The meaning of rotate is going to depend on your data owner’s security policy.
It may help to understand how keys are often managed using a key lifecycle state chart. A typical key lifecycle looks like this:
- Generated (new, not to be used yet)
- Active (encrypt/decrypt)
- Inactive (decrypt-only)
- Retired (key irrevocably destroyed)
Additionally, states can be defined for keys that are “suspect”, “lost”, and/or “compromised”.
Rules are defined regarding how and when a key will transition from one state to another, which transitions are legal, and when. You’ll also see a rule that if a key is compromised it will require all the data to be re-encrypted with a new key (among many other disaster recovery tasks.)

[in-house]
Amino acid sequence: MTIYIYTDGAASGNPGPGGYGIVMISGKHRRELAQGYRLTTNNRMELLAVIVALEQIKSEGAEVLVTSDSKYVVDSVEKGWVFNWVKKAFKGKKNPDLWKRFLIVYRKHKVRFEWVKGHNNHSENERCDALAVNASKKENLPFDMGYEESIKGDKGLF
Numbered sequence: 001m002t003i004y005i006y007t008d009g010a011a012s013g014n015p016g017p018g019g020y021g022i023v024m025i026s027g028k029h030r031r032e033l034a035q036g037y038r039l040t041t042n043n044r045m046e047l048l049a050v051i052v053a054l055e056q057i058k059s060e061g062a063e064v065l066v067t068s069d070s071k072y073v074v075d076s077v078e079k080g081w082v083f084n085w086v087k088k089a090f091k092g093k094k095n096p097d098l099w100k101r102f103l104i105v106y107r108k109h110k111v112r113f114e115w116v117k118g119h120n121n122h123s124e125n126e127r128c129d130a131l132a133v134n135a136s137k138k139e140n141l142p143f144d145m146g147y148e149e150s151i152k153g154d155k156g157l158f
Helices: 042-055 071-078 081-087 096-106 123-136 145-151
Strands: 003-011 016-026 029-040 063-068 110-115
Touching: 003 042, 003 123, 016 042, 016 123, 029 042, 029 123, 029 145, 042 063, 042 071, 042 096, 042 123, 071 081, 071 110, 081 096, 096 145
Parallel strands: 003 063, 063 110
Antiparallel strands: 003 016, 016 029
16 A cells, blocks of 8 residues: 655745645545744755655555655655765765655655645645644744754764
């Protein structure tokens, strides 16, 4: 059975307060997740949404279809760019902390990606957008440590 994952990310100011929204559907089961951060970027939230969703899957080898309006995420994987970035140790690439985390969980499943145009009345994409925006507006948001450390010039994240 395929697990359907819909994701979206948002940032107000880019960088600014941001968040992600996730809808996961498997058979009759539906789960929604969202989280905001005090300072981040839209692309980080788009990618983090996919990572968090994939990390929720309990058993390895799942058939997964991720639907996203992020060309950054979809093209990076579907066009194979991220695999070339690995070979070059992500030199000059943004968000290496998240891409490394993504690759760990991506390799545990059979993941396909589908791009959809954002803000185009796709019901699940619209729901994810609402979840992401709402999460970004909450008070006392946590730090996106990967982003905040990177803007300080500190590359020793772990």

In some organizations a key rotation will require a rotated key to be changed to an inactive state, and a new version of the key will need to be generated for encrypting new data. When the new key is made active, the old key is made inactive. The old data remains encrypted with its same old key until the key is retired, and then the old key is destroyed. This way, the old data doesn’t have to be decrypted and then re-encrypted with the new key. The application consuming the data has to use the same version of the key that was used when the data was encrypted.
Other organizations may have no inactive state, and a key rotation will require the old key to be retired and all previously encrypted data to be re-encrypted.